Keystone Metals Forum October 24–26, 2014

The Keystone Metals Forum will take place at Touchstone Center for Crafts from Friday, October 24, to Sunday, October 26. The Forum is a great opportunity for jewelers and metalsmiths from across Pennsylvania (and beyond) to come together for a fast-paced weekend of demos, lectures, exhibitions, critiques, and discussions—all on Touchstone’s woodland campus. The programming will be led by faculty from many Pennsylvania colleges, universities, and arts organizations. It will be an opportunity for dialogue and collaboration between established and emerging makers from across the Commonwealth
 
The programming hub for the Forum will be the Great Room of Blaney Lodge. Touchstone will transform this gorgeous timber-framed space into a metalsmithing laboratory where demonstrators and lecturers can project their content onto the 15-foot high walls. Touchstone’s two galleries will be primed with open pedestals to host a pop-up exhibition highlighting the work of Forum attendees. Saturday’s demonstration marathon will conclude with a speed critique: A panel consisting of the Forum presenters will offer advice and insights to attendees who wish to obtain feedback from the region’s most renowned and successful metalsmiths. The evening will end with a bonfire at Touchstone’s fire circle where attendees will be able to network, plan future collaborations, and just hang out.  
 
The fifty-dollar programming fee includes all aspects of the event as well as meals prepared by Touchstone’s beloved Chef Meryl from Friday evening through Sunday morning. Attendees can purchase lodging separately; options include camping on campus and sharing a dorm room in one of Touchstone’s two residence halls. Click here to sign up today!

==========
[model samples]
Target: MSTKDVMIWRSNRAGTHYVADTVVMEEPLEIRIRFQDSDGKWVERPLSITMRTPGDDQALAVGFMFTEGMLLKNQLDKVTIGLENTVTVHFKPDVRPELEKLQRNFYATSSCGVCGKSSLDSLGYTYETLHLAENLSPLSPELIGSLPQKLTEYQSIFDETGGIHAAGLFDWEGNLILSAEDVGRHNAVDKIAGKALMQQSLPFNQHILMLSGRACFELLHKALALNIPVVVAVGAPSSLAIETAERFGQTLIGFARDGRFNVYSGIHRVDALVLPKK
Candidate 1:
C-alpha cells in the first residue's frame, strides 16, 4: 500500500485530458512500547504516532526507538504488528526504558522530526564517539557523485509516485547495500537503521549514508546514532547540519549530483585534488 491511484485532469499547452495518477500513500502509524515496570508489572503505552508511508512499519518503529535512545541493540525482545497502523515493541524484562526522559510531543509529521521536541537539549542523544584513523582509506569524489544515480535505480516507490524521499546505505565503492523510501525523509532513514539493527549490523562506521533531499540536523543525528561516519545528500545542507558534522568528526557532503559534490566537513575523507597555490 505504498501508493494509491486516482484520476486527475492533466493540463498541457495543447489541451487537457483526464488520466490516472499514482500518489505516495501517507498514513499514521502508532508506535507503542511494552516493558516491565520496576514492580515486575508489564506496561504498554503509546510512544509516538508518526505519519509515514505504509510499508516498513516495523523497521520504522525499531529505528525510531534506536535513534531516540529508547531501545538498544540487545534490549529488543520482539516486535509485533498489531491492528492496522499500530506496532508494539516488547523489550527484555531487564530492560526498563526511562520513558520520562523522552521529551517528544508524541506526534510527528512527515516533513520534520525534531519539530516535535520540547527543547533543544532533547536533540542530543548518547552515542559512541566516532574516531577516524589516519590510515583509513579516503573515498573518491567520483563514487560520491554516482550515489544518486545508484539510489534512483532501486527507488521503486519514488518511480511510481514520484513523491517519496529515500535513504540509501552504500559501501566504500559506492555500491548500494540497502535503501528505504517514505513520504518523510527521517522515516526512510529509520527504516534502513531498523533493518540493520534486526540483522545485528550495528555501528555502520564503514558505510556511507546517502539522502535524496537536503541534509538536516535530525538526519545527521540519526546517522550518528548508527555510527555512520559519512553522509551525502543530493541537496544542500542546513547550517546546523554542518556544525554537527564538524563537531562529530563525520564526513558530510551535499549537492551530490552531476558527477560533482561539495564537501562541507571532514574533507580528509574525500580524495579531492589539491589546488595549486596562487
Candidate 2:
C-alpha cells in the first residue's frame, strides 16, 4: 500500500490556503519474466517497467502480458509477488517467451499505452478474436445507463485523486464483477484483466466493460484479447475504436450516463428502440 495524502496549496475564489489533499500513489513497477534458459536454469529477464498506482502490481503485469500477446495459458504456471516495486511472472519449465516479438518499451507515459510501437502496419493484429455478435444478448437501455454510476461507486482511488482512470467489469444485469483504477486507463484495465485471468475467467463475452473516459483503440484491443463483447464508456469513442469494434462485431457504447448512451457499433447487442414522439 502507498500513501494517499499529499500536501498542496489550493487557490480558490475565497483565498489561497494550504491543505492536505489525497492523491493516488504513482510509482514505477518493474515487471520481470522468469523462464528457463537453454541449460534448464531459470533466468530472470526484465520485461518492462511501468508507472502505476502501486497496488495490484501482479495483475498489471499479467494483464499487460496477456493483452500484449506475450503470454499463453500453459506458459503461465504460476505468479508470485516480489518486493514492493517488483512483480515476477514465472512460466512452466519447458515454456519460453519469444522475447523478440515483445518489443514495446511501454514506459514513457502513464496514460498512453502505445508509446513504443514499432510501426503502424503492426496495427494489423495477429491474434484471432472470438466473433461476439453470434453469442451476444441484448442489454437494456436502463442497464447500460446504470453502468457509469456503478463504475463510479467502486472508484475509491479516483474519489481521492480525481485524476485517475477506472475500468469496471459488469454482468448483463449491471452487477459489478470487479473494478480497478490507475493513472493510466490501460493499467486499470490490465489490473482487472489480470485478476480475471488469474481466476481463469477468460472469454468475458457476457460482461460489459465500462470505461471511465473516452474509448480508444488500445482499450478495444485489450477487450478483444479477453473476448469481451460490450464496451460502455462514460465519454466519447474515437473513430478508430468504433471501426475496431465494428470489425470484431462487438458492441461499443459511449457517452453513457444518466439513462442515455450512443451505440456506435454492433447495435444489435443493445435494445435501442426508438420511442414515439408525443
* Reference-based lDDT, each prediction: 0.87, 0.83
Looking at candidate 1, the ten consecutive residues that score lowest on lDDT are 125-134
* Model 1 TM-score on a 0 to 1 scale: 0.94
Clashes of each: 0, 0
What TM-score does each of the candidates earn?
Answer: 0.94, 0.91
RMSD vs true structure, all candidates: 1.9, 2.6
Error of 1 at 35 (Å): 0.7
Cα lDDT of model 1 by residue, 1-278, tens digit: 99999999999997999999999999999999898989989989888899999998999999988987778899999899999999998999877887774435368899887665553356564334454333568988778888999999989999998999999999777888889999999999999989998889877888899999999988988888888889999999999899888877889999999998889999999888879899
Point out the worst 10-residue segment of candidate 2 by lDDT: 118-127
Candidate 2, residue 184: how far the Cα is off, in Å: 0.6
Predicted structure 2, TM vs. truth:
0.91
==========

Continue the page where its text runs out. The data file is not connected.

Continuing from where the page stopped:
Demonstrator 1: Jim Bové 
Topic: Essential Hollow-Construction Techniques
Jim will discuss and then demonstrate essential foundational techniques of hollow construction by creating geometric forms. He will also discuss soldering closed forms and how to plan more complex pieces so that air flow is not constricted during the soldering process.
 
Jim Bové teaches courses in jewelry and metals at California University of Pennsylvania. The former technical editor for the Society of North American Goldsmiths (SNAG), he now serves on SNAG’s board of directors. He teaches workshops nationally and internationally. His artwork appears in numerous publications and was recently selected for an award at the Cheongju International Craft Biennale in South Korea.
 
Demonstrator 2: Sharon Massey 
Topic: Challenging Jewelry: What the Schmuck?!
In this lecture Sharon will investigate contemporary approaches to jewelry and metalsmithing and identify current trends in the field as well as work that is collaborative, participatory, or activist in nature. Her perspectives are meant to challenge makers to think about jewelry in new ways and to inspire them to find their own voices in their works.
 
Sharon Massey, assistant professor of jewelry and metals at Indiana University of Pennsylvania, serves on SNAG’s board of directors. Sharon's work has been exhibited on five continents. If anyone knows of an exhibition in Africa or Antarctica, please let her know. :)